The Time Traveler: Criminalizing fake news is not the way

Hugh Ellis

It seems that Government may criminalize the spreading of fake news on the Coronavirus pandemic, during the current state of emergency.

In terms of regulations published in the Government Gazette, it is now (at least technically) a criminal offense to publish a statement, including on social media, that is intended to deceive people about the Covid-19 status of someone or about measures intended to combat, prevent and suppress the disease. Offenders may be fined N$2000 or face six months imprisonment.

Readers of this column will know I despise fake news, and have little time for those who spread fakes online without even basic fact-checks.

But criminalization is not the way. It is hard to achieve in practice. It achieves less than public education would – education costing a fraction of the money. It would create an atmosphere of fear and mistrust, in which correct information put out by health authorities would automatically be viewed with suspicion.

One can understand that falsely claiming that another person has the Covid-19 virus should be an offense. That is clear. But surely that can be dealt with through existing defamation and privacy and crimen injuria laws?

The rest of the regulation just doesn’t seem to get to the root of the problem, and I fear no criminal law could. Most Namibians posting fake news about the Coronavirus are not intentionally sharing false information; they’re passionately convinced it’s true. And it is easy to be fooled.

When I heard that the President of the United States had argued that injecting yourself with disinfectant was a possible cure for Covid-19, I said, ‘No, this must be a fake’. But there he was, His Excellency Donald Trump himself, at a Press Conference, in front of TV cameras, implying that ingesting 1-part-Dettol-plus-5-parts-water would somehow make you healthy.

In this kind of atmosphere, it seems almost harsh for the law to punish the most gullible – rather, compassion is required.

(From now on, by the way, the only Covid-19 information from the US that I’m trusting is from Big Bird. The kids’ portion of CNN, which hosts ‘The ABCs of Covid-19’, featuring the characters from Sesame Street, is the most wholesome, least hysteria-inducing TV that I’ve seen in a while.)

Presumably, anti-fake-news policing would follow the pattern of Namibian (and South African) defamation law. A WhatsApp group admin, I guess, would have to show the police or a court that (a) he or she took reasonable steps to verify the information that was shared on the group, and (b) sharing the information was necessary ‘in the public interest’.

That business is complex enough for defamation lawyers to be paid literally thousands of dollars a day to do. It seems a big burden to place on overstretched police constables and magistrates’ courts.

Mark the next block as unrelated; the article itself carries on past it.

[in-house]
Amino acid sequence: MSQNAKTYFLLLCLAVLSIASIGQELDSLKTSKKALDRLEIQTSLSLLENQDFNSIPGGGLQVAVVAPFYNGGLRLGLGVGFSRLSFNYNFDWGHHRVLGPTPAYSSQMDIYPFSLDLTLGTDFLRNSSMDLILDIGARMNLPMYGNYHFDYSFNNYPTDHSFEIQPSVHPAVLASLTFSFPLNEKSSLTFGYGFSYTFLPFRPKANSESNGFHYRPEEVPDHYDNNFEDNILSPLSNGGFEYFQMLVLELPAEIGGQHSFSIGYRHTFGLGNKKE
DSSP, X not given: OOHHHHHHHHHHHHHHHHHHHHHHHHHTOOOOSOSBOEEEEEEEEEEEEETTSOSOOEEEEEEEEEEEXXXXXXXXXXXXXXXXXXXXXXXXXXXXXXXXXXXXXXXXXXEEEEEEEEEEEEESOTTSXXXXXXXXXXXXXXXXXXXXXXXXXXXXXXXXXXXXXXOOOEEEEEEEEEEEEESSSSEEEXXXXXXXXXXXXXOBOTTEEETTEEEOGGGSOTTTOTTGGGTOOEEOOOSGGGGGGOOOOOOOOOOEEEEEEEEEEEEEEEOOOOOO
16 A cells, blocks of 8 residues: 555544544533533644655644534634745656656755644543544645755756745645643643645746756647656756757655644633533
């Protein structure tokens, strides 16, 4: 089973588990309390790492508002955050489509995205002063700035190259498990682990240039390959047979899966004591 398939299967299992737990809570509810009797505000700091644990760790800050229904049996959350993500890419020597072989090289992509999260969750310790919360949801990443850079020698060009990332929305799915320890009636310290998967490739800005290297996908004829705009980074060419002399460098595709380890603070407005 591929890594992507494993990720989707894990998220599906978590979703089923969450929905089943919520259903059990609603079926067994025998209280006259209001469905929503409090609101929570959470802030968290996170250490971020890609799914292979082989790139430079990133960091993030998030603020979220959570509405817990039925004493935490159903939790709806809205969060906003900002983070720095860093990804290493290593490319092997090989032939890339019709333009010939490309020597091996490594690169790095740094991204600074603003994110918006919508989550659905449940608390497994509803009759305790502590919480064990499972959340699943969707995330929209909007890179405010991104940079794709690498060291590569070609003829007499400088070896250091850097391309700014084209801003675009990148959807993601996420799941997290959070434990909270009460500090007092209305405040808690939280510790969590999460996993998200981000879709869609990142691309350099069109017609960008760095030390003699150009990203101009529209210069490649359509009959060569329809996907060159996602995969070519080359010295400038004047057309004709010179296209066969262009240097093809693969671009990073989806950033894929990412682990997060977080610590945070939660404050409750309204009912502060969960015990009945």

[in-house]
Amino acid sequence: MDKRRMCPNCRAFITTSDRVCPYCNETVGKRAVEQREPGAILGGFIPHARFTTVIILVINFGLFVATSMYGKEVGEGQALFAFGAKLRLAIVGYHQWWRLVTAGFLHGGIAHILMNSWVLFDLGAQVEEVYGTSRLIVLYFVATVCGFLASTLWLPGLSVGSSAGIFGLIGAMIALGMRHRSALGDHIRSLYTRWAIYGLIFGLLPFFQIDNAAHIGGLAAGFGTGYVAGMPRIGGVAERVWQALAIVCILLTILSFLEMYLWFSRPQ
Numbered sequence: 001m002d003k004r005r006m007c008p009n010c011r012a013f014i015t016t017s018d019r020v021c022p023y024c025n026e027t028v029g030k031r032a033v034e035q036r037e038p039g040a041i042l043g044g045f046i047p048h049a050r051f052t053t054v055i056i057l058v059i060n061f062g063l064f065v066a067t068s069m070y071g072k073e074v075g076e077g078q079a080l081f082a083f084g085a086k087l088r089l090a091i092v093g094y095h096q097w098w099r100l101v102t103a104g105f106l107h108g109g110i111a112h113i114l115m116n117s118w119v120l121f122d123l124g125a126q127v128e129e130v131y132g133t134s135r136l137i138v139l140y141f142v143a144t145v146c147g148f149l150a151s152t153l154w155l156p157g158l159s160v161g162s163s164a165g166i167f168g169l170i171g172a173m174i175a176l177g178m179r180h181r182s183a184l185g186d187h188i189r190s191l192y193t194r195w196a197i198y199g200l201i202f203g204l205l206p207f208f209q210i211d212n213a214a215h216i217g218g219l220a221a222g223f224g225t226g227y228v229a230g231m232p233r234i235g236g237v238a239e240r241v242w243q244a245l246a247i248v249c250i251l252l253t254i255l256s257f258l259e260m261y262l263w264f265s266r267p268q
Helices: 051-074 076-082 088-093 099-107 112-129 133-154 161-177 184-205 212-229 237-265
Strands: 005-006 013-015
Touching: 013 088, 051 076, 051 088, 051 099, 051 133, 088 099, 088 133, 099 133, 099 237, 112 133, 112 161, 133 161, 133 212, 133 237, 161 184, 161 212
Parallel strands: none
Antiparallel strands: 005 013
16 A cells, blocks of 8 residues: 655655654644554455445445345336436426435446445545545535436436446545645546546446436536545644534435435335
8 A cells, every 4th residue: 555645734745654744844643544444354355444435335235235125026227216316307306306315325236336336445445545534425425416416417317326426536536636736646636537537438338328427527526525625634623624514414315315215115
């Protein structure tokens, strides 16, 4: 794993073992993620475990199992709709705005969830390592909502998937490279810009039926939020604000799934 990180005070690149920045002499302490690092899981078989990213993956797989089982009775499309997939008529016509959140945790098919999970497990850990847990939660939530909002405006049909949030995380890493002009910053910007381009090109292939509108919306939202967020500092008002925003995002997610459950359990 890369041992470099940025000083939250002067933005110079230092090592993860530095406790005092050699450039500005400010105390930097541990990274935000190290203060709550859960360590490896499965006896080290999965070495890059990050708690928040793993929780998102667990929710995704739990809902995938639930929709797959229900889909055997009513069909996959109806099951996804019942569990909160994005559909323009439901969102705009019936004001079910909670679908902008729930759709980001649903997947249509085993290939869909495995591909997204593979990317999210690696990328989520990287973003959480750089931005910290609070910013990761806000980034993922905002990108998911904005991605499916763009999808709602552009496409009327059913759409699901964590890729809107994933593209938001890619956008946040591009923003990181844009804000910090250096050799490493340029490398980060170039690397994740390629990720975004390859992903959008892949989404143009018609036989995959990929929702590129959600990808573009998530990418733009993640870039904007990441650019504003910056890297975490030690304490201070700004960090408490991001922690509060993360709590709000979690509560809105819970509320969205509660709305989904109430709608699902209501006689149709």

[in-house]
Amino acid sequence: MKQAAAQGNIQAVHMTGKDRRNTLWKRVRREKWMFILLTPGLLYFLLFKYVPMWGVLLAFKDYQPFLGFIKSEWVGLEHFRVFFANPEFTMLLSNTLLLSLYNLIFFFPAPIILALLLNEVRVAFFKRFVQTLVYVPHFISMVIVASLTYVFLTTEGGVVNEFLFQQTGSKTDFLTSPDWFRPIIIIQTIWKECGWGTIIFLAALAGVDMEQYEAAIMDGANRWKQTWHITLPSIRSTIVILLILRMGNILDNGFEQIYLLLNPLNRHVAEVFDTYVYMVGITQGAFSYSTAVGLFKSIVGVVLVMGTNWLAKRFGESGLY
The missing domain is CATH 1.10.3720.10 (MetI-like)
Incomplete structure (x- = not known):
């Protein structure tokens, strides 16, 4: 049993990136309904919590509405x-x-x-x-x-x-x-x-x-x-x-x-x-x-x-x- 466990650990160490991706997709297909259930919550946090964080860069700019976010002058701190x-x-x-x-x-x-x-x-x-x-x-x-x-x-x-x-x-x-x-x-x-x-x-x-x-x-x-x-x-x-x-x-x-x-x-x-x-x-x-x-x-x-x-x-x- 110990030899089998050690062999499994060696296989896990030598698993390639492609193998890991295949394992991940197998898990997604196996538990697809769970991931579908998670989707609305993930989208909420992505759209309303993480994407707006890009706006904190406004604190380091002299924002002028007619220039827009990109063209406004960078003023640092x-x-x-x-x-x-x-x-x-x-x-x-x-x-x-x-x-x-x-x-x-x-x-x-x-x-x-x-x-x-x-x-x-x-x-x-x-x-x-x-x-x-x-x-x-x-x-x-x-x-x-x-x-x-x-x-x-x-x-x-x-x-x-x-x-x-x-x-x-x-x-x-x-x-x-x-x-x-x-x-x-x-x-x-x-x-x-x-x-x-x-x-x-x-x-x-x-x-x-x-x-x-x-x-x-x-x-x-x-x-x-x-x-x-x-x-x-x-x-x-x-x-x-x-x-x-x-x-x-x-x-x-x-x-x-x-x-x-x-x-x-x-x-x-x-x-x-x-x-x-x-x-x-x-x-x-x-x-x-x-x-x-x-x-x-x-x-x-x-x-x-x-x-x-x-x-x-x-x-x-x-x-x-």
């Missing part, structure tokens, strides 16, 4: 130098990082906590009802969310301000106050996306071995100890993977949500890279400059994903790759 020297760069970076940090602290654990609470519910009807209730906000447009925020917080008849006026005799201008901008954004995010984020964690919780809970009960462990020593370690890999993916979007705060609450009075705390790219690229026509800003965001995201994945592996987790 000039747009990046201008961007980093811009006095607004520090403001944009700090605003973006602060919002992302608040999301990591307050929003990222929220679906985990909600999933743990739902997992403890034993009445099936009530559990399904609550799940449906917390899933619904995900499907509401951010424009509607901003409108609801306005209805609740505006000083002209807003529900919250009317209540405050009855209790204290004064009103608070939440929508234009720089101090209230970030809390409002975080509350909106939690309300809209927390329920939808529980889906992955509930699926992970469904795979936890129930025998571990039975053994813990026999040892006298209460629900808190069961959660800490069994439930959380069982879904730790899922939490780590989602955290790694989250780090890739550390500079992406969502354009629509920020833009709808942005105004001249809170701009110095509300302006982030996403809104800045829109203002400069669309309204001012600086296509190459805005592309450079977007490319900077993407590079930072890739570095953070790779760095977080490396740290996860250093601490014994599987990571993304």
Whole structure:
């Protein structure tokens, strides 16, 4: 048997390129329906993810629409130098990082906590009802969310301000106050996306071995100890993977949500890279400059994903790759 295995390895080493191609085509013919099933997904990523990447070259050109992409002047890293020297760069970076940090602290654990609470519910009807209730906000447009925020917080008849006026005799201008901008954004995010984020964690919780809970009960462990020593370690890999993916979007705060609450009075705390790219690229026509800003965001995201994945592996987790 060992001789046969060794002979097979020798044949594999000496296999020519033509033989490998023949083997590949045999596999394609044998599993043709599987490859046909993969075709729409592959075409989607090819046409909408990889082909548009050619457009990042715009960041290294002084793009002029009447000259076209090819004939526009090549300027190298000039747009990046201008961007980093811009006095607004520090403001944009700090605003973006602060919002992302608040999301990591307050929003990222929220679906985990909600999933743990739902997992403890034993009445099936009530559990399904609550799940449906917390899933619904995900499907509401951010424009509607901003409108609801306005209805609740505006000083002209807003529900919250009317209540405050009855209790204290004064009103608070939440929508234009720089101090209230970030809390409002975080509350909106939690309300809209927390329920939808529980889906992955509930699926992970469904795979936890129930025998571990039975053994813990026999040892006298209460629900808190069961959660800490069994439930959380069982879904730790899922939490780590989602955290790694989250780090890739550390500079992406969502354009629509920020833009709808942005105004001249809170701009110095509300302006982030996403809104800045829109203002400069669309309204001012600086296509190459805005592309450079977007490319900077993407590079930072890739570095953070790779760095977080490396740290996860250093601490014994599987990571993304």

Alternatively, if you set up specialized agencies to do the policing, how much would that all cost? The Chinese literally spend billions to police their citizens’ use of the Internet, and still, information the authorities consider unacceptable – including misinformation on Covid-19 – gets though.

Here are some better ideas. Use the emergency regulations to ensure that every Internet service provider puts reliable information about the virus at the top of their home page and distributes it through email and text messaging. Fund and publicize civil-society-based fact-checking organizations.

Hold media literacy seminars (virtual or in-person) in every community and in every language. Make an understanding of how search engines like Google work (the top result on Google is not necessarily the most accurate page, only the most popular) part of the elementary school curriculum.

Have you noticed, when information is seen as being ‘banned’ or ‘subversive’, people tend to believe and share it a lot more? The same would be true of ‘banned’ fake Covid-19 news.

Conversely, were the Government to share Covid-19 information on WhatsApp, without the polish of a news bulletin, and maybe even with an intro worded something like, ‘What you’re not supposed to know’, I bet most people would believe it without question.

Human nature is weird like that. But often it’s best to work with the way people process and understand information, than to force yourself against it.

Hugh Ellis is a lecturer in the Department of Communication at the Namibia University of Science and Technology. The view expressed here are personal views. Read his blog at

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